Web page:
In this Article, the authors identify the major issues that animate the debate about trade and the environment. The authors put NAFTA in context by describing the background of negotiations and the "fast track" statutory authority that governs the negotiation and approval process. Next, they summarize NAFTA's environmentally related provisions, including those governing technical standards, sanitary and phytosanitary measures, and dispute resolution procedures. The authors then examine the development of the Environmental Side Agreement, which includes provisions to enable Parties to challenge failures of other Parties to enforce environmental laws effectively. The authors review the Environmental Side Agreement's terms, including the commitments and obligations of the Parties, and provisions for the creation of new institutions to harmonize the Parties' environmental laws, foster environmental cooperation, document facts behind complaints of lax environmental enforcement, resolve disputes, and sanction noncompliance. The authors conclude that NAFTA and the Environmental Side Agreement demonstrate that trade and environmental concerns can be integrated in a mutually complementary manner.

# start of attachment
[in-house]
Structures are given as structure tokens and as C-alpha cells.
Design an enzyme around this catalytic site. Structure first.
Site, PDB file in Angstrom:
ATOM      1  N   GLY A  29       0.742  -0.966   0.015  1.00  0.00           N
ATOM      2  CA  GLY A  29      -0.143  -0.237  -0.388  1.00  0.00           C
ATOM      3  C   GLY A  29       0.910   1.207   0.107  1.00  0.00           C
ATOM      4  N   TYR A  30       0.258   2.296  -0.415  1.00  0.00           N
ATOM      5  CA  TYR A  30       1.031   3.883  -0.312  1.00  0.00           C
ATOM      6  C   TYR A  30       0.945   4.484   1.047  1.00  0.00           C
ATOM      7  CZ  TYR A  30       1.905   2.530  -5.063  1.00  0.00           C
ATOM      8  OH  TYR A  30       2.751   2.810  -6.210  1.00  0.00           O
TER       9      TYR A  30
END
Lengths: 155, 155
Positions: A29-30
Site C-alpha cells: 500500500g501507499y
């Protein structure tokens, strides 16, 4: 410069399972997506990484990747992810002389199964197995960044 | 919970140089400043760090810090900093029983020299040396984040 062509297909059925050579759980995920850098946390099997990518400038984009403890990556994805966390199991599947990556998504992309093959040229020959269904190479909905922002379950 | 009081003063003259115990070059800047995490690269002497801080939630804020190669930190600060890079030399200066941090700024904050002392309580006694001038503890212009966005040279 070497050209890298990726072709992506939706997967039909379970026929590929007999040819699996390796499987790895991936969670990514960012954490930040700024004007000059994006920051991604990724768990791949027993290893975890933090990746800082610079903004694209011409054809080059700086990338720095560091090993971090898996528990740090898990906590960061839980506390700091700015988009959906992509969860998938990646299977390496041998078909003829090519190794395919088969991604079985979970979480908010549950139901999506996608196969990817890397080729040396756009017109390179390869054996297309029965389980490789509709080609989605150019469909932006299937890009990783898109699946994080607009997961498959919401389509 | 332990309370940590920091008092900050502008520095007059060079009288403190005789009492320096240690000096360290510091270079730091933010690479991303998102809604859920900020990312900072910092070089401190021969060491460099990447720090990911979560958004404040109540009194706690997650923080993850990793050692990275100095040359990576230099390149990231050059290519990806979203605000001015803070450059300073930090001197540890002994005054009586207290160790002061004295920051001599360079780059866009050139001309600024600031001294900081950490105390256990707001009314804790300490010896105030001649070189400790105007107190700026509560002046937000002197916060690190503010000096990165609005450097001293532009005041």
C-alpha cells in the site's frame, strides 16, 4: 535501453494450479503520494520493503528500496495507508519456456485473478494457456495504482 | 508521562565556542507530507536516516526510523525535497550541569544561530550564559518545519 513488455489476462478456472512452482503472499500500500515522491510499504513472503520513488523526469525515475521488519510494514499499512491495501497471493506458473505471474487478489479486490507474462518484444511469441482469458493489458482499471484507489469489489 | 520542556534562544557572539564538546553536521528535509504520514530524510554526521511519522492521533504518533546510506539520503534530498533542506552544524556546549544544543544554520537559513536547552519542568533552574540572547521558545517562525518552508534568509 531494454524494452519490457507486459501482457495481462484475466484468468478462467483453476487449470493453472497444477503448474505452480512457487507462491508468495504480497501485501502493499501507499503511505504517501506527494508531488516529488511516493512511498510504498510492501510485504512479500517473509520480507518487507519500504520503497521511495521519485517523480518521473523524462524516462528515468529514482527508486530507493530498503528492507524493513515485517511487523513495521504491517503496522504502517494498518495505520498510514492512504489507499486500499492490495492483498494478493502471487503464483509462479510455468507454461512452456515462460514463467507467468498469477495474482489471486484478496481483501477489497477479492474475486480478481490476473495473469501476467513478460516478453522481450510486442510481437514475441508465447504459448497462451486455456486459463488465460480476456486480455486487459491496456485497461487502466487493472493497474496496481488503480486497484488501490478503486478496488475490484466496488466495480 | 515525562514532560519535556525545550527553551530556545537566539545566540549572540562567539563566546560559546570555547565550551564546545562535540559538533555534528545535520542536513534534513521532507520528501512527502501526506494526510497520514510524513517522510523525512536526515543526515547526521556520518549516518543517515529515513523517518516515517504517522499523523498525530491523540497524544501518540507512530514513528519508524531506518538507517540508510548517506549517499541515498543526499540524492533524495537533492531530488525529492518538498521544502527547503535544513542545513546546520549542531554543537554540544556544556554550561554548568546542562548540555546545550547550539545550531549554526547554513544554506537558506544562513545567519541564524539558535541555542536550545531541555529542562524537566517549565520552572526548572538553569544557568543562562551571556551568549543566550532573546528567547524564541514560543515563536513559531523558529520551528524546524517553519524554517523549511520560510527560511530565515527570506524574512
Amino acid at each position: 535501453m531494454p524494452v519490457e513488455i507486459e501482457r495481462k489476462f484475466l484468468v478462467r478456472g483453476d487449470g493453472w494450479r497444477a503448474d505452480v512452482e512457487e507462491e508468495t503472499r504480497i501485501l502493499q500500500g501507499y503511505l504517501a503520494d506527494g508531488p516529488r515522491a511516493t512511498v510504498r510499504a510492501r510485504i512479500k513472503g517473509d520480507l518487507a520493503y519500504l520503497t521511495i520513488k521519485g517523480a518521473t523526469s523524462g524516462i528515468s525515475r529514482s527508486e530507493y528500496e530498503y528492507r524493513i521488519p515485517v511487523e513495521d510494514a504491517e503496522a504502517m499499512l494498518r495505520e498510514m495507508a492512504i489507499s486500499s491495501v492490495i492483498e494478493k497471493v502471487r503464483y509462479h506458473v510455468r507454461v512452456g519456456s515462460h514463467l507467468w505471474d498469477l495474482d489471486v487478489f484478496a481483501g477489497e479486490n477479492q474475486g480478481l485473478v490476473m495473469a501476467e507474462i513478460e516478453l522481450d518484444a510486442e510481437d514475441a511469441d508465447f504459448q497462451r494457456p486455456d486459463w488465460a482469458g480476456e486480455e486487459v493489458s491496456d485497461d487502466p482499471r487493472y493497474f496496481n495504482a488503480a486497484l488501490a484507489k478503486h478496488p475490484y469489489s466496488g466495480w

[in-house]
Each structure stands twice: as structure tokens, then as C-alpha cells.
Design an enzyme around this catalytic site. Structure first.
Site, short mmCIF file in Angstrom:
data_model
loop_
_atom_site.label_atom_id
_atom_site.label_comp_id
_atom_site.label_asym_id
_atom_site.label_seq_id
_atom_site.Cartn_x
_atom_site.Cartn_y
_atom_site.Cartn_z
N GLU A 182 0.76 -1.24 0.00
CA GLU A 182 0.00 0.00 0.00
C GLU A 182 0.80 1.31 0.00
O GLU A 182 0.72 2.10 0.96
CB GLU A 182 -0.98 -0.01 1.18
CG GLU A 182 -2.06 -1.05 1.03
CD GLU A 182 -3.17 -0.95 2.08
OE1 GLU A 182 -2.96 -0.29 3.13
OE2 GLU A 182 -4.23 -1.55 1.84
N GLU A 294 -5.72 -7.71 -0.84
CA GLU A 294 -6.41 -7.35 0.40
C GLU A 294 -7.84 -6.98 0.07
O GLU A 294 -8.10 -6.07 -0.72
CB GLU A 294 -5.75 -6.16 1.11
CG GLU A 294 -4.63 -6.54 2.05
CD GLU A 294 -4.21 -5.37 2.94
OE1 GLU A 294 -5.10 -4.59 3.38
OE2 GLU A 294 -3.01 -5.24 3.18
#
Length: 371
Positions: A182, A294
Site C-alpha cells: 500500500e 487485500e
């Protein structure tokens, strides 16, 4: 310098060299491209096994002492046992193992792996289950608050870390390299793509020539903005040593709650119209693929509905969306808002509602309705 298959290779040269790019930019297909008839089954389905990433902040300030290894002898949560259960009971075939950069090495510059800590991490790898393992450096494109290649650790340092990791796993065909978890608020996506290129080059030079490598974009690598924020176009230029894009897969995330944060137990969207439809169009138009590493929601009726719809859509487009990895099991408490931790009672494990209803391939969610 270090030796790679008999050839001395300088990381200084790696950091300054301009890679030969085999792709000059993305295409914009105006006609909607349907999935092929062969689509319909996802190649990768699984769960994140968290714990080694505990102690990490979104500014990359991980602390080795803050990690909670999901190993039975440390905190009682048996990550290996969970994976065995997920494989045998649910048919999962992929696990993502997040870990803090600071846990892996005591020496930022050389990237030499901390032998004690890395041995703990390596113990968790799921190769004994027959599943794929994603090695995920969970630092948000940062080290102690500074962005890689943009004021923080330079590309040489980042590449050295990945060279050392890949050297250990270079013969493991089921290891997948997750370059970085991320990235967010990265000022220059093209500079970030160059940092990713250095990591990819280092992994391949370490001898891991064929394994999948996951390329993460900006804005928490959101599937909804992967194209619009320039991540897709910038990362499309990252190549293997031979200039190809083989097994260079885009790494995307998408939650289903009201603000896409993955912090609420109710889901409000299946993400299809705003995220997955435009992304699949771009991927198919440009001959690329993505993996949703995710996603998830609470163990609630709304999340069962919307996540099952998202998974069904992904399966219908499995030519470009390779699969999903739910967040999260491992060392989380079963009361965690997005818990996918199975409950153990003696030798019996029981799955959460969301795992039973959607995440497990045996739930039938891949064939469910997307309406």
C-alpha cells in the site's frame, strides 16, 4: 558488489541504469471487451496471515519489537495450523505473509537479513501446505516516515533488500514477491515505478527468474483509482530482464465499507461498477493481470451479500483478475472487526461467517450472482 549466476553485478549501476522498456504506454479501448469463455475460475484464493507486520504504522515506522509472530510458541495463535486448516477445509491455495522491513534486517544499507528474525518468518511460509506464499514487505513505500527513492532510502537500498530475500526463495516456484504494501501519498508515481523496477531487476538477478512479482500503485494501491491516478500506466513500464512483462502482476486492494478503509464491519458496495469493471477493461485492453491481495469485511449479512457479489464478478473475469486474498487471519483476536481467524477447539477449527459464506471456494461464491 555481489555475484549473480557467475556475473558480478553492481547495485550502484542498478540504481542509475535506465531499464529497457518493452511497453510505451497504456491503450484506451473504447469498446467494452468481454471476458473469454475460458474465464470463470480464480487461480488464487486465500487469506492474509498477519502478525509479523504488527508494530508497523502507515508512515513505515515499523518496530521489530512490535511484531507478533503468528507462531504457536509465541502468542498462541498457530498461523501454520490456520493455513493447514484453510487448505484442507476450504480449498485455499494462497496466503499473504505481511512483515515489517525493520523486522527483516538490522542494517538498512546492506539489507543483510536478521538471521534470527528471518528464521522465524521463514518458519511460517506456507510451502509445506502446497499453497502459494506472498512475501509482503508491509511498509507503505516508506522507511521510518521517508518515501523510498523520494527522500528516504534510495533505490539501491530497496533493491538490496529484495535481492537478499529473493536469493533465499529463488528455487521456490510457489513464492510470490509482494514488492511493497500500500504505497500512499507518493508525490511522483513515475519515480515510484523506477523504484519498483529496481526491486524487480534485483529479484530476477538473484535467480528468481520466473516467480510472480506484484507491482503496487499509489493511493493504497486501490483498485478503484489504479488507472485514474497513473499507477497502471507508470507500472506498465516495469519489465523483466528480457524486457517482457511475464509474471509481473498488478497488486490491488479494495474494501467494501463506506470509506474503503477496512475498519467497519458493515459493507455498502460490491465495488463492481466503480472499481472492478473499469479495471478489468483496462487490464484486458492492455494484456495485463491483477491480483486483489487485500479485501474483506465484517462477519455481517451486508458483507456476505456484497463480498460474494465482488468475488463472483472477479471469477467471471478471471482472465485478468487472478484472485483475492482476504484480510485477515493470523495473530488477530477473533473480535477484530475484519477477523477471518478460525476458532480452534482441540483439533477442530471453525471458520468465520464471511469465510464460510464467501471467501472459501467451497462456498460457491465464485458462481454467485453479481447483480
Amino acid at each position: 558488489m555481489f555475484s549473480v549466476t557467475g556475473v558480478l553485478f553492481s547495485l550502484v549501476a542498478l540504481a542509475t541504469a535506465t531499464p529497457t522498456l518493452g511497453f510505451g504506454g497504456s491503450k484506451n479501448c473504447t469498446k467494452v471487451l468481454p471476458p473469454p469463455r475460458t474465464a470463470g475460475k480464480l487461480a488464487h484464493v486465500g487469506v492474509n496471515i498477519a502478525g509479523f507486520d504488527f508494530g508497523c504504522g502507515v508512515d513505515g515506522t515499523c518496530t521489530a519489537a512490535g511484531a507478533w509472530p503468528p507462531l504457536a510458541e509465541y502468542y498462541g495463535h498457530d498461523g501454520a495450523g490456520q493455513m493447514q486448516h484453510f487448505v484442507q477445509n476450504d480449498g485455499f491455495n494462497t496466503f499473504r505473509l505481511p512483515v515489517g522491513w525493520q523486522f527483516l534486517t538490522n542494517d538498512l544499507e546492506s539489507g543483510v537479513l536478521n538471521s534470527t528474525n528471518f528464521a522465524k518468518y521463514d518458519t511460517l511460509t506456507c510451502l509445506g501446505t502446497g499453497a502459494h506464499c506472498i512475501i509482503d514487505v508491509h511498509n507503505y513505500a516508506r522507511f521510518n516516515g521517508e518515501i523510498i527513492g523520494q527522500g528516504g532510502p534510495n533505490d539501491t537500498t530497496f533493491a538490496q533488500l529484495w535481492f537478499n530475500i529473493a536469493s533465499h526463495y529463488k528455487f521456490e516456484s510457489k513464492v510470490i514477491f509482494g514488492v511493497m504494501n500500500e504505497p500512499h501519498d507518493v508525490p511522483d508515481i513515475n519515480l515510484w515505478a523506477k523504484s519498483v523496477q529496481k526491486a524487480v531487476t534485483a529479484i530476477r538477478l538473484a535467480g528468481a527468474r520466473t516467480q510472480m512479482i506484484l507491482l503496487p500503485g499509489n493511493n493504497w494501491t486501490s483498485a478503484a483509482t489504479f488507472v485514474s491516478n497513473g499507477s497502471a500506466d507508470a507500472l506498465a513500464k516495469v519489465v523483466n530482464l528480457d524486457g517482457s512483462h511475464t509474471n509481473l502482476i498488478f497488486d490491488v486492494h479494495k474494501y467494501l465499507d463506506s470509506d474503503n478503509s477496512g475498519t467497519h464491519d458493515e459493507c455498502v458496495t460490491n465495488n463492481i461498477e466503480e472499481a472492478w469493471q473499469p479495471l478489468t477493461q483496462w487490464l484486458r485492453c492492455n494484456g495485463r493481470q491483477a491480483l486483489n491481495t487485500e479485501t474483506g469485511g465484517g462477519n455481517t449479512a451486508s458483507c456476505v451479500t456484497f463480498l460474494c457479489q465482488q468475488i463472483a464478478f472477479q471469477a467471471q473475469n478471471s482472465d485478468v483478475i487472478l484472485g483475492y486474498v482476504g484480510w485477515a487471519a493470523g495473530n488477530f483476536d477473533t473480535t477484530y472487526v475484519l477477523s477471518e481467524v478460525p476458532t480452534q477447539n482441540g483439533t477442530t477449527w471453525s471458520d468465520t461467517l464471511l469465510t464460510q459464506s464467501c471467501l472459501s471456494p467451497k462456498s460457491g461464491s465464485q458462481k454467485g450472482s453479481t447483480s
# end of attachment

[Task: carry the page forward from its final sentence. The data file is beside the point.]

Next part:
Mixed Waste: A Way to Solve the Quandary

by Michael L. Goo and Anthony J. Thompson

Editors' Summary: Currently, mixed radioactive/hazardous waste is regulated by both the NRC and DOE under the Atomic Energy Act (AEA) and by EPA under RCRA. Despite the agencies' numerous and elaborate attempts to minimize and avoid conflicts between these two regulatory schemes, a fundamental conflict remains between the approaches that the two statutes take to regulating waste.